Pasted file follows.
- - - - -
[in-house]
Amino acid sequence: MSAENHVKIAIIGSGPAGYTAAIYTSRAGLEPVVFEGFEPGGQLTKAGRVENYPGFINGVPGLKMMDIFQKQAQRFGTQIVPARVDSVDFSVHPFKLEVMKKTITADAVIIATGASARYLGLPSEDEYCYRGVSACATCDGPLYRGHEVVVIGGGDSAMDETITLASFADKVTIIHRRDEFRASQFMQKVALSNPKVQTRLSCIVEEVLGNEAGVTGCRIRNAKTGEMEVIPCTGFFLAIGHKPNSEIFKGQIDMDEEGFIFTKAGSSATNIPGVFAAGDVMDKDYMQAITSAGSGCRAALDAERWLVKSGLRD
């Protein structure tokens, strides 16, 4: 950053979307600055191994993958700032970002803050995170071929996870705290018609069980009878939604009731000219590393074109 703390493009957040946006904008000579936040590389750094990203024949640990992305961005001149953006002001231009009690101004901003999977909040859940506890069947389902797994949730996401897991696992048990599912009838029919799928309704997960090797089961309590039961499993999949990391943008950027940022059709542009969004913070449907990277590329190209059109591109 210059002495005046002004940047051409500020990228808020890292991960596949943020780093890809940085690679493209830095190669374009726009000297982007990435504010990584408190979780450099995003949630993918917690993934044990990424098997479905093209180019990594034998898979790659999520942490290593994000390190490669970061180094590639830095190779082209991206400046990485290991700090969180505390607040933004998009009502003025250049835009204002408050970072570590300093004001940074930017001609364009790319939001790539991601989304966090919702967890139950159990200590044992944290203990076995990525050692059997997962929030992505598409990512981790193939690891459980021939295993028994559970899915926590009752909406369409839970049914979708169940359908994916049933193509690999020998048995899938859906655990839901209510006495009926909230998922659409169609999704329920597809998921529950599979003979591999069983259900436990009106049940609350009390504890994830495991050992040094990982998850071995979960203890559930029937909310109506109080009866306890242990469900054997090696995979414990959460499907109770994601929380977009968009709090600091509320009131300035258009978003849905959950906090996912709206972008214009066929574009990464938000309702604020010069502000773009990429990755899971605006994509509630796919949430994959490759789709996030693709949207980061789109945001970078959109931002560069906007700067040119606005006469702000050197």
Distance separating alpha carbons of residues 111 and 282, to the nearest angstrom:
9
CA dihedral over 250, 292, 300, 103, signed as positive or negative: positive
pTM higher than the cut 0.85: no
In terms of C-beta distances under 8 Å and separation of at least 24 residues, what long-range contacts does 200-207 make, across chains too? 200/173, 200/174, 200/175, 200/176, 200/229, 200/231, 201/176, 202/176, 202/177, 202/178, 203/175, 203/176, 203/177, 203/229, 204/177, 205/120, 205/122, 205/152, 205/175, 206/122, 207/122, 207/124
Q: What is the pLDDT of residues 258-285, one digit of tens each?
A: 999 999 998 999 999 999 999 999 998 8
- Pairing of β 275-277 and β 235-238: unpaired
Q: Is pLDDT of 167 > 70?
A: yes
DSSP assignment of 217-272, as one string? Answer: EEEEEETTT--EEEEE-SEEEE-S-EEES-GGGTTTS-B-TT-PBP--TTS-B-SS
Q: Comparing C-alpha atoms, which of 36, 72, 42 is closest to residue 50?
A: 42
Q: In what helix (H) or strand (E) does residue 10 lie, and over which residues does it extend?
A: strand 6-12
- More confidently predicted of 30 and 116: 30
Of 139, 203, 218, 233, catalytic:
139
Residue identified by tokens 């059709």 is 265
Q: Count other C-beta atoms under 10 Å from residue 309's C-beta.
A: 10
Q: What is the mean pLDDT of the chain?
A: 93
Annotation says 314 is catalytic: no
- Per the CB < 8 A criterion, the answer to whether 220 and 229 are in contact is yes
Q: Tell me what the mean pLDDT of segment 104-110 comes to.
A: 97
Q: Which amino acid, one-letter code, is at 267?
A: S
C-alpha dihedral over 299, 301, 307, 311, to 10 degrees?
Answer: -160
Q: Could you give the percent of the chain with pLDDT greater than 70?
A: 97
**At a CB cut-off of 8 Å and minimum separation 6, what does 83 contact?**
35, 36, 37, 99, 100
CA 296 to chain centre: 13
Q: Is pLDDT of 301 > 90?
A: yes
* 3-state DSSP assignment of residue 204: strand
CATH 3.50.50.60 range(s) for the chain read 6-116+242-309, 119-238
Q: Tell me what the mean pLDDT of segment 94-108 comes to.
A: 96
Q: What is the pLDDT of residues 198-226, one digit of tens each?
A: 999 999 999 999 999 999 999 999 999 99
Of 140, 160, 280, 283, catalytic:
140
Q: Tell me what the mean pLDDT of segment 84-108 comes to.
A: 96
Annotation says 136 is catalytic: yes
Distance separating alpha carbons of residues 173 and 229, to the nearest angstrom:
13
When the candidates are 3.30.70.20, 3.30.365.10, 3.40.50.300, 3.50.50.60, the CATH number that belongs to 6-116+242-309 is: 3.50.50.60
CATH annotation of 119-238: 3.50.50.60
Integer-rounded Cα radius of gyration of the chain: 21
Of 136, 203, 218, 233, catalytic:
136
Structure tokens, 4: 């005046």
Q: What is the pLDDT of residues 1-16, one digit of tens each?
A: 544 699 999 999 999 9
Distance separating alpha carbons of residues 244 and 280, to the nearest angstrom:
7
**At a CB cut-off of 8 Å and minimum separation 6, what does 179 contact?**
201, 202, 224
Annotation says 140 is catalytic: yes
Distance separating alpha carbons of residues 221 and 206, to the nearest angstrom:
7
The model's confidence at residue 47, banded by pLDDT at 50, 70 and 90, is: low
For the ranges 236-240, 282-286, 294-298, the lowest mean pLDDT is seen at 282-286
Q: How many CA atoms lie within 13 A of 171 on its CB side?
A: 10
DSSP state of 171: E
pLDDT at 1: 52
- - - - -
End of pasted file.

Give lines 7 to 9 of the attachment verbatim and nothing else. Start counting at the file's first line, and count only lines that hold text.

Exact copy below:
pTM higher than the cut 0.85: no
In terms of C-beta distances under 8 Å and separation of at least 24 residues, what long-range contacts does 200-207 make, across chains too? 200/173, 200/174, 200/175, 200/176, 200/229, 200/231, 201/176, 202/176, 202/177, 202/178, 203/175, 203/176, 203/177, 203/229, 204/177, 205/120, 205/122, 205/152, 205/175, 206/122, 207/122, 207/124
Q: What is the pLDDT of residues 258-285, one digit of tens each?